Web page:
People with crooked eyes see normally
When squinting (strabismus) the two axes of vision deviate from each other as soon as one focuses on an object. In children, this can have a decisive influence on brain maturation and thus severely limit the ability to see for life. Strabismus can have different causes and therefore often requires individual therapy. Read more about strabismus here.
The baby should be examined by the ophthalmologist for the first time from the age of 6 months so that poor eyesight, so-called amblyopia, can be detected early.
Usually you always move both eyes together in the same direction. This ensures that a three-dimensional image is created in the brain. However, this balance can be disturbed, so that the visual axes deviate from one another, although the focus is actually on something specific. Then one speaks of strabismus, colloquially strabismus.
A manifest strabismus (heterotropia) is when the squint persists. At the latent strabismus (heterophoria) on the other hand, the person concerned only squints at times. In both cases, different squint directions are possible. In addition, you can look at the squint according to its origin in Accompanying strabismus and Paralytic squint organize.
Manifest squint (heterotropia)
Depending on how the visual axis is shifted, a distinction is made:
- Convergent strabismus (esotropia): manifest inward squint (internal squint) - the visual axis of the cross-eyed eye deviates inward.
- Divergent strabismus (exotropia): manifest outward squint (external squint) - the visual axis of the crossed eye deviates outward.
- Strabismus verticalis: manifest vertical squint - the visual axis of the crossed eye deviates upwards or downwards. Accordingly, a distinction is made between different variants such as Hypertropia (manifest higher position of an eye) and hypotropia (manifest lower position of an eye).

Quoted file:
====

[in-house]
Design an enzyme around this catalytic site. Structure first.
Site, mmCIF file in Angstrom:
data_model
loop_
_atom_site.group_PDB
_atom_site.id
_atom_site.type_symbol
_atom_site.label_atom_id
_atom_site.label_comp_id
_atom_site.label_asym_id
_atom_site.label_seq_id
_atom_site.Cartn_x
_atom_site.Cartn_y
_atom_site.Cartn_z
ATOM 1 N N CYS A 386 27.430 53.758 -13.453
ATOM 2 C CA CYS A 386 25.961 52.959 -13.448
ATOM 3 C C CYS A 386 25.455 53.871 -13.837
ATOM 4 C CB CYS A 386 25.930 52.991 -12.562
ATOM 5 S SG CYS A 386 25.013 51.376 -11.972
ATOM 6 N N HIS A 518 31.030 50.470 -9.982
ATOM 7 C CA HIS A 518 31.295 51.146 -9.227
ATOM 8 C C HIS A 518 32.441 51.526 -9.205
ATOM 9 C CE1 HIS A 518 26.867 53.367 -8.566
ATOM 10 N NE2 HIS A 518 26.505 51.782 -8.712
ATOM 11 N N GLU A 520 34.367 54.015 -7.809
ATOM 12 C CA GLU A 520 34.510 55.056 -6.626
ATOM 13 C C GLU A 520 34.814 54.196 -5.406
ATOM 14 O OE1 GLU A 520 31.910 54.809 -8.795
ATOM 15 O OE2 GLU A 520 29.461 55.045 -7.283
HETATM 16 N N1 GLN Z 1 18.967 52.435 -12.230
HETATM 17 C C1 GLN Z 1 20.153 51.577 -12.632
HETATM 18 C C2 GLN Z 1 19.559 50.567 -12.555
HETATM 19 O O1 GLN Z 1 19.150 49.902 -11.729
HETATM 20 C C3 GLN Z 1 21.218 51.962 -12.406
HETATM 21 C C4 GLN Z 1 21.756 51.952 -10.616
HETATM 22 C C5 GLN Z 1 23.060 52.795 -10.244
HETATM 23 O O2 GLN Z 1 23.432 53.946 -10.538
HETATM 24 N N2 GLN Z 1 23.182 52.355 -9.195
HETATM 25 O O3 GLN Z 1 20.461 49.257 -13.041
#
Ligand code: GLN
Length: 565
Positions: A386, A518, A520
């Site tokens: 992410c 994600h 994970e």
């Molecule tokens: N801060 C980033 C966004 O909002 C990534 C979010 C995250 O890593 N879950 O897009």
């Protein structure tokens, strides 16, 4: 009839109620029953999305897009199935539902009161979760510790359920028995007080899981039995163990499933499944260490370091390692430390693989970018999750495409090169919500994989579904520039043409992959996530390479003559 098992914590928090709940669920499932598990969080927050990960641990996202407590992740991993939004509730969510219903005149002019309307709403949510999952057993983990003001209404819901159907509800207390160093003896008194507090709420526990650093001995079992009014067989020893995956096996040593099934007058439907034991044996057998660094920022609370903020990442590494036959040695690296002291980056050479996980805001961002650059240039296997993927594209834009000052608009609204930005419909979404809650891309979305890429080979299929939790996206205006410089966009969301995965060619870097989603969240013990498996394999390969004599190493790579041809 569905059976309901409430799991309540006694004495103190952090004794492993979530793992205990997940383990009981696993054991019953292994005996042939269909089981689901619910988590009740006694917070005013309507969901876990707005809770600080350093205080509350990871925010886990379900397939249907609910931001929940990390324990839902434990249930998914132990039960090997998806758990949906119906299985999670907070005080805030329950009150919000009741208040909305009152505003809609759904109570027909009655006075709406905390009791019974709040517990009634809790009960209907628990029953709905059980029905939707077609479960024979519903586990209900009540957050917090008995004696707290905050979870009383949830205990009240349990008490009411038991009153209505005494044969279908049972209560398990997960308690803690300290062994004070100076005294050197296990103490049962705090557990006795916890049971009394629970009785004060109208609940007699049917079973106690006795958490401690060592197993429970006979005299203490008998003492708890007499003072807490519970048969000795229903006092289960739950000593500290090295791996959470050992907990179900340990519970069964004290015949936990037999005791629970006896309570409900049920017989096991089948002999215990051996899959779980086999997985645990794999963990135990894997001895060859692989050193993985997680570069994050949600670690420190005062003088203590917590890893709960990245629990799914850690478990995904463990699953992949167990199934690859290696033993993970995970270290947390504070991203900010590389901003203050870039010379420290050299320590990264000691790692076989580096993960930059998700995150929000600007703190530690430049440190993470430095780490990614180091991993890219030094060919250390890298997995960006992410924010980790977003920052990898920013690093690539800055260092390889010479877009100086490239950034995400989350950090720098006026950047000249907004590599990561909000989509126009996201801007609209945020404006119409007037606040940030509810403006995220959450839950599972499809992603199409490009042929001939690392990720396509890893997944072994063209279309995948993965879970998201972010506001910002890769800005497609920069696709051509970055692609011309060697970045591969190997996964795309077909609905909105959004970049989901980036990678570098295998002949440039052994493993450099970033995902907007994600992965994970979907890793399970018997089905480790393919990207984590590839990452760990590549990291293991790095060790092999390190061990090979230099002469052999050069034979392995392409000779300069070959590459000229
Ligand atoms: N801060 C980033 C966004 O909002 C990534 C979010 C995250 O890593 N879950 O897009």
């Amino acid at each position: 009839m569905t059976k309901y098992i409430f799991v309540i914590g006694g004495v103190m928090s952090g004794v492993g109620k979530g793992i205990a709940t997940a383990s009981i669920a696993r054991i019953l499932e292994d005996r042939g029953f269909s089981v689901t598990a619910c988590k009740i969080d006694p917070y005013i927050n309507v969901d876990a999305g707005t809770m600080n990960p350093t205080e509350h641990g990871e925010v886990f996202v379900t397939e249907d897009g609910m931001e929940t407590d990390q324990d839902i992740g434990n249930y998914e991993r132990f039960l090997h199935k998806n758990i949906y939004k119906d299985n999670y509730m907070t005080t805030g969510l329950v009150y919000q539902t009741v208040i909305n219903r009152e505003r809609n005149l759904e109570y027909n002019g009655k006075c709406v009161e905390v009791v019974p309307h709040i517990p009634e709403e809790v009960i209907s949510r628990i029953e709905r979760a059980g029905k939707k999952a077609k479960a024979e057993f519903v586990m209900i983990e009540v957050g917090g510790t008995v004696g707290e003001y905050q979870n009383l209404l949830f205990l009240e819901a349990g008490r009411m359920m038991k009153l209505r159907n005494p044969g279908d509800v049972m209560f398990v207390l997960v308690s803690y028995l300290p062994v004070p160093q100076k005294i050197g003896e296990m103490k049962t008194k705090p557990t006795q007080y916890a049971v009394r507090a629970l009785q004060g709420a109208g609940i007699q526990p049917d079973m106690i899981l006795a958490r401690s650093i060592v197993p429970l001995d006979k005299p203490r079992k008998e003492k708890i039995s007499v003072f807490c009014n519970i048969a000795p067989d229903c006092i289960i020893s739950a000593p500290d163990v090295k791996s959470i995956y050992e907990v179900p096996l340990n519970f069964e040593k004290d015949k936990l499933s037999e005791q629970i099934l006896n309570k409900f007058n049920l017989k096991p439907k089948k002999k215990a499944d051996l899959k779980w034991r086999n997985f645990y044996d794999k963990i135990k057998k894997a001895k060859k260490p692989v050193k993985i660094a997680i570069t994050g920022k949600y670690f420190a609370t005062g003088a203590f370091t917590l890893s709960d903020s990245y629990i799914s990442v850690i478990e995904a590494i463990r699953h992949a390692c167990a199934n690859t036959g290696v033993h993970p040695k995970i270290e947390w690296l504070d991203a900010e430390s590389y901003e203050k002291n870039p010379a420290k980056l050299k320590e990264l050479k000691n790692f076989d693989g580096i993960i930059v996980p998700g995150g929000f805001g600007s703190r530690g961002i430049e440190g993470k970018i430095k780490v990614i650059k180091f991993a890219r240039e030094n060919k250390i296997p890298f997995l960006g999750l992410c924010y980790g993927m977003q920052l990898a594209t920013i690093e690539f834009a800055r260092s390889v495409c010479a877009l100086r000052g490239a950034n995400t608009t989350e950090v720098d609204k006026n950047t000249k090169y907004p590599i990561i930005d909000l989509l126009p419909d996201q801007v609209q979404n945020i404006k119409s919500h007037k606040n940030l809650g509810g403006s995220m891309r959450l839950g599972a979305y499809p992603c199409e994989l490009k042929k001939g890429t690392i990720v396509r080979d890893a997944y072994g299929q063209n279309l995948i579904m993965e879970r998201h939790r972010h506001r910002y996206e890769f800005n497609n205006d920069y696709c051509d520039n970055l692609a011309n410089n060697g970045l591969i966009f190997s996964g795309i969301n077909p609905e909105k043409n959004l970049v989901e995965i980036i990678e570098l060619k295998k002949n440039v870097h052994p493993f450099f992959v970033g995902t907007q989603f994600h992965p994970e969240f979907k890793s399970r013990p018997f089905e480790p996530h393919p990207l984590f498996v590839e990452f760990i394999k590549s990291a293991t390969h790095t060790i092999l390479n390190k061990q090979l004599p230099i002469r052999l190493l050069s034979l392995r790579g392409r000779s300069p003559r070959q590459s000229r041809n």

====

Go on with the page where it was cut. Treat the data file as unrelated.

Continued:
- Cyclotropy: manifest curling squint - the cross-eyed eye "rolls" inwards (incyclotropia) or outwards (excyclotropia) around the visual axis.
Latent squint (heterophoria)
Latent squint occurs, for example, when the person is tired or when one eye is covered. Analogous to manifest strabismus, a distinction is also made here between the above-mentioned squint directions: latent outward (Exophoria) or inward squint (Esophoria), latent superiority (Hyperphoria) or lower eye (Hypophoria) and latent curl squint (Cyclophoria).
Read more about the symptoms and treatment of latent strabismus in the article Heterophoria.
With accompanying strabismus, too Strabismus concomitans called, the squint angle remains constant with all eye movements, that is, one eye “accompanies” the other. Spatial vision is not possible, the visual acuity of the cross-eyed eye is usually weaker. Concomitant strabismus occurs in most cases in children.
There are different forms of concomitant strabismus. The most common is that Early childhood squint syndromethat occurs within the first six months of life - before a baby has learned to see with both eyes (binocular vision). It makes up the majority of manifest strabismus.
At the Normosensory late squint on the other hand, strabismus begins in children after the first year of life, and thus after training in binocular vision.
Another form of concomitant strabismus is that Microstrabismus. Here the squint angle is less than five percent, which is why the squint is often discovered late.
With paralysis squint, too Paralytic strabismus orStrabismus incomitans called, a muscle or a supplying nerve of the eye muscles fails. As a result, the eye can no longer move completely, resulting in a misalignment.
Unlike the accompanying strabismus, paralysis strabismus affects all age groups. It usually appears as a sudden strabismus with no warning signs. Typical features are double vision and an incorrect spatial assessment. If the head is held diagonally to the side, the squint can often be minimized, as the neck muscles bring the whole head into an oblique position so that the eye looks straight ahead, although it looks sideways out of the eye socket.
Squinting in children